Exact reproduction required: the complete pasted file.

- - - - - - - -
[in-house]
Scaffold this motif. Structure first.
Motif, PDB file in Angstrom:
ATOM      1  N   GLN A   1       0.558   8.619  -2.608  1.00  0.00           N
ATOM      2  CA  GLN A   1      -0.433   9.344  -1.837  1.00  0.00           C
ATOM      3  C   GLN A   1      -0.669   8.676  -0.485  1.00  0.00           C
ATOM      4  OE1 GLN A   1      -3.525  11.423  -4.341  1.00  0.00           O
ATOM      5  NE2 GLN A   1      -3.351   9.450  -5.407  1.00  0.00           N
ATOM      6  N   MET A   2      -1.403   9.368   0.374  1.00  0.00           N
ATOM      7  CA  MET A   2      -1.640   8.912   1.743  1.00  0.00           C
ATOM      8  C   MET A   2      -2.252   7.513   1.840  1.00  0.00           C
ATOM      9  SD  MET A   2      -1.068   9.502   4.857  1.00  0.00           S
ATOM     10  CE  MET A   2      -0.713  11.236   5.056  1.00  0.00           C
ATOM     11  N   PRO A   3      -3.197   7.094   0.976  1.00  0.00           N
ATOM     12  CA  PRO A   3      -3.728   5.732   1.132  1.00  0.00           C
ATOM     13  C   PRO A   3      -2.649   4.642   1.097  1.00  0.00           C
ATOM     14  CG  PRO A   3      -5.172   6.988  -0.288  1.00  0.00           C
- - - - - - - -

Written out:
[in-house]
Scaffold this motif. Structure first.
Motif, PDB file in Angstrom:
ATOM      1  N   GLN A   1       0.558   8.619  -2.608  1.00  0.00           N
ATOM      2  CA  GLN A   1      -0.433   9.344  -1.837  1.00  0.00           C
ATOM      3  C   GLN A   1      -0.669   8.676  -0.485  1.00  0.00           C
ATOM      4  OE1 GLN A   1      -3.525  11.423  -4.341  1.00  0.00           O
ATOM      5  NE2 GLN A   1      -3.351   9.450  -5.407  1.00  0.00           N
ATOM      6  N   MET A   2      -1.403   9.368   0.374  1.00  0.00           N
ATOM      7  CA  MET A   2      -1.640   8.912   1.743  1.00  0.00           C
ATOM      8  C   MET A   2      -2.252   7.513   1.840  1.00  0.00           C
ATOM      9  SD  MET A   2      -1.068   9.502   4.857  1.00  0.00           S
ATOM     10  CE  MET A   2      -0.713  11.236   5.056  1.00  0.00           C
ATOM     11  N   PRO A   3      -3.197   7.094   0.976  1.00  0.00           N
ATOM     12  CA  PRO A   3      -3.728   5.732   1.132  1.00  0.00           C
ATOM     13  C   PRO A   3      -2.649   4.642   1.097  1.00  0.00           C
ATOM     14  CG  PRO A   3      -5.172   6.988  -0.288  1.00  0.00           C